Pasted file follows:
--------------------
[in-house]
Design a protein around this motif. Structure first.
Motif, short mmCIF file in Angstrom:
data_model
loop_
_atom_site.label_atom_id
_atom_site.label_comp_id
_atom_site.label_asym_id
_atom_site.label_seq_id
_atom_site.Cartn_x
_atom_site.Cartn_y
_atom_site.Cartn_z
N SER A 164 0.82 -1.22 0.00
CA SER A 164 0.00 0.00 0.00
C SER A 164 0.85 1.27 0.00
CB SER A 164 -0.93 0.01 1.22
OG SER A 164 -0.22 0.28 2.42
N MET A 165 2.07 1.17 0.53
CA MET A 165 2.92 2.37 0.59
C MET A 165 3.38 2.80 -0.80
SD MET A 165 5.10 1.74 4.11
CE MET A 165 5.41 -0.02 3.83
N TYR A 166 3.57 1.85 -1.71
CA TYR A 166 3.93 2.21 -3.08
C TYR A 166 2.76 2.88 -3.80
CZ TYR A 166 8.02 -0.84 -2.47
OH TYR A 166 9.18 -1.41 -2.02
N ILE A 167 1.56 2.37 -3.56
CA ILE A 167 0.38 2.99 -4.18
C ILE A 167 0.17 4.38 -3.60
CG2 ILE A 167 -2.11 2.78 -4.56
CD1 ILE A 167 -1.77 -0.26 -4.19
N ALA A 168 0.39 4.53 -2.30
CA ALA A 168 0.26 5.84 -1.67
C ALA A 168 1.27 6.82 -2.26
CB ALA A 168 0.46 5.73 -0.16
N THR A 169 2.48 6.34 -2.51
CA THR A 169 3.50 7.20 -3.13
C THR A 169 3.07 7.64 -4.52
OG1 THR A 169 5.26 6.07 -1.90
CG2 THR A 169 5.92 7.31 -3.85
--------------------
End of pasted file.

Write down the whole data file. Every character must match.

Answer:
[in-house]
Design a protein around this motif. Structure first.
Motif, short mmCIF file in Angstrom:
data_model
loop_
_atom_site.label_atom_id
_atom_site.label_comp_id
_atom_site.label_asym_id
_atom_site.label_seq_id
_atom_site.Cartn_x
_atom_site.Cartn_y
_atom_site.Cartn_z
N SER A 164 0.82 -1.22 0.00
CA SER A 164 0.00 0.00 0.00
C SER A 164 0.85 1.27 0.00
CB SER A 164 -0.93 0.01 1.22
OG SER A 164 -0.22 0.28 2.42
N MET A 165 2.07 1.17 0.53
CA MET A 165 2.92 2.37 0.59
C MET A 165 3.38 2.80 -0.80
SD MET A 165 5.10 1.74 4.11
CE MET A 165 5.41 -0.02 3.83
N TYR A 166 3.57 1.85 -1.71
CA TYR A 166 3.93 2.21 -3.08
C TYR A 166 2.76 2.88 -3.80
CZ TYR A 166 8.02 -0.84 -2.47
OH TYR A 166 9.18 -1.41 -2.02
N ILE A 167 1.56 2.37 -3.56
CA ILE A 167 0.38 2.99 -4.18
C ILE A 167 0.17 4.38 -3.60
CG2 ILE A 167 -2.11 2.78 -4.56
CD1 ILE A 167 -1.77 -0.26 -4.19
N ALA A 168 0.39 4.53 -2.30
CA ALA A 168 0.26 5.84 -1.67
C ALA A 168 1.27 6.82 -2.26
CB ALA A 168 0.46 5.73 -0.16
N THR A 169 2.48 6.34 -2.51
CA THR A 169 3.50 7.20 -3.13
C THR A 169 3.07 7.64 -4.52
OG1 THR A 169 5.26 6.07 -1.90
CG2 THR A 169 5.92 7.31 -3.85